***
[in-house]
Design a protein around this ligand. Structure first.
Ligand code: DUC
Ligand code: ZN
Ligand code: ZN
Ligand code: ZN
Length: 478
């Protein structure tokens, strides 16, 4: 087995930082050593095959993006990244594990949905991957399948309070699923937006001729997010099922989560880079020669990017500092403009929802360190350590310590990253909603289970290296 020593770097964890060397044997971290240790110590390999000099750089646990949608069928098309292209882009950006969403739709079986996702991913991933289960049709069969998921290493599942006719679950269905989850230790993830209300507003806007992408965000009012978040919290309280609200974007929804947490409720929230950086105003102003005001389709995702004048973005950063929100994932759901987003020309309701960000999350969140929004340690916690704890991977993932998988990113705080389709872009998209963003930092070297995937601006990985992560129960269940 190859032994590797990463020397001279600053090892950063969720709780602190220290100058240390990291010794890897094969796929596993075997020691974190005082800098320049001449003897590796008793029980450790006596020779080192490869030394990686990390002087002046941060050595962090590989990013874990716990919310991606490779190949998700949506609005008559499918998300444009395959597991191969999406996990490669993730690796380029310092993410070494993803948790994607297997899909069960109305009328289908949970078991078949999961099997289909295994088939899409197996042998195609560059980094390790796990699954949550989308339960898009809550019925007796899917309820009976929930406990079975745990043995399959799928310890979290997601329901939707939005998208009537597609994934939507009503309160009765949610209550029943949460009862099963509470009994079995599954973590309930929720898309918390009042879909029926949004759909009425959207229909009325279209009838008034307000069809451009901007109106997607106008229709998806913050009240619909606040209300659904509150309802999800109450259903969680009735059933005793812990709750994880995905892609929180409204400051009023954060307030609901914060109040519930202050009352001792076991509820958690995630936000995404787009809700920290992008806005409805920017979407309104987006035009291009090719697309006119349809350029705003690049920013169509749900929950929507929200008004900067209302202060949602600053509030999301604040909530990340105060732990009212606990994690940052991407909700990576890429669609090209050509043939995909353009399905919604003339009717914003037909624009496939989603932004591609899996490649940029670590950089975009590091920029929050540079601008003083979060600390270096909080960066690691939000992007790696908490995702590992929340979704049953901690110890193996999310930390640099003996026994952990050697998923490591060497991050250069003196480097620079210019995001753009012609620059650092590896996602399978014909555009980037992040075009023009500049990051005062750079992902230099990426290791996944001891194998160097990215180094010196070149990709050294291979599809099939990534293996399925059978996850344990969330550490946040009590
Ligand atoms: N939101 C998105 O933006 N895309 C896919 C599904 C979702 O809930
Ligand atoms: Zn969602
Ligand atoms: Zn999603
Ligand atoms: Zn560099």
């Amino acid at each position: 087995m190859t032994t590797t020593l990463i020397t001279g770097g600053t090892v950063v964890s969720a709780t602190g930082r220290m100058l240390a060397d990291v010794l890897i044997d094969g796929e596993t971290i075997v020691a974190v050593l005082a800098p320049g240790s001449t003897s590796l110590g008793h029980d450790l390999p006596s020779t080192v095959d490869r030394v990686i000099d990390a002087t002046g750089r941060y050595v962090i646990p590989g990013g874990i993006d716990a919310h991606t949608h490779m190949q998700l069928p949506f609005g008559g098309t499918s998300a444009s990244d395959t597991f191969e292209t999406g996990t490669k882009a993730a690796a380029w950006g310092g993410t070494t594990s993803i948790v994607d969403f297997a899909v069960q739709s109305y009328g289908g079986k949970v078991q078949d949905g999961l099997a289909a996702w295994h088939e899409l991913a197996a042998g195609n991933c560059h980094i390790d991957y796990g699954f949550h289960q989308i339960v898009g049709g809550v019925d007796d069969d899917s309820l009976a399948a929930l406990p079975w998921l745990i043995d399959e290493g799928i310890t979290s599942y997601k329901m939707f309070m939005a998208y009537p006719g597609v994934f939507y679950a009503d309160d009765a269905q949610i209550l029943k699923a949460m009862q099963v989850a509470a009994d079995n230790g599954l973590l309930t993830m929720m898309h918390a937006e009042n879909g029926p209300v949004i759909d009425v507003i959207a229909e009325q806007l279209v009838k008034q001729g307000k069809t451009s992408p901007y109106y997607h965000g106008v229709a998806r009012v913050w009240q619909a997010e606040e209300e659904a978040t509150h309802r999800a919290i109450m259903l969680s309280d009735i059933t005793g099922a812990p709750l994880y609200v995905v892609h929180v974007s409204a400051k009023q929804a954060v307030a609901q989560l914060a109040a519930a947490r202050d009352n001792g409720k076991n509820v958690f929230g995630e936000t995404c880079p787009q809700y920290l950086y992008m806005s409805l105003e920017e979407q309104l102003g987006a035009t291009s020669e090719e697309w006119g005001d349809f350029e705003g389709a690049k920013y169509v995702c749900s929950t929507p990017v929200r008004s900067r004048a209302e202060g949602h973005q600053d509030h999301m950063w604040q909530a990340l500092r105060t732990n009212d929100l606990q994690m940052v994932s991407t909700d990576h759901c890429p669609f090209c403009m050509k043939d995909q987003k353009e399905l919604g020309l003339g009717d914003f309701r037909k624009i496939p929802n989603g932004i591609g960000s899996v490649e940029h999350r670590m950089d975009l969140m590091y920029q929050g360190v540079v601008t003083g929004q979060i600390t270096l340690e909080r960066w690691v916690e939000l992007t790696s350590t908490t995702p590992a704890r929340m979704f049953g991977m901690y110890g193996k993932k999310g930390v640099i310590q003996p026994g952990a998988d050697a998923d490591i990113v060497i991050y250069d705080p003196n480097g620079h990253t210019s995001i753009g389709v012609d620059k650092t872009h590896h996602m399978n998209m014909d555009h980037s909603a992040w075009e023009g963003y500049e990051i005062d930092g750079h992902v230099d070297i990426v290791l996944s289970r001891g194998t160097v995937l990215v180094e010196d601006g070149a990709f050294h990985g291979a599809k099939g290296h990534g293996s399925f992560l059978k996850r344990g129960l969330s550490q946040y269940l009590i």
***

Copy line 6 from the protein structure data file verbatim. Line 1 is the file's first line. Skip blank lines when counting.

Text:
Ligand code: ZN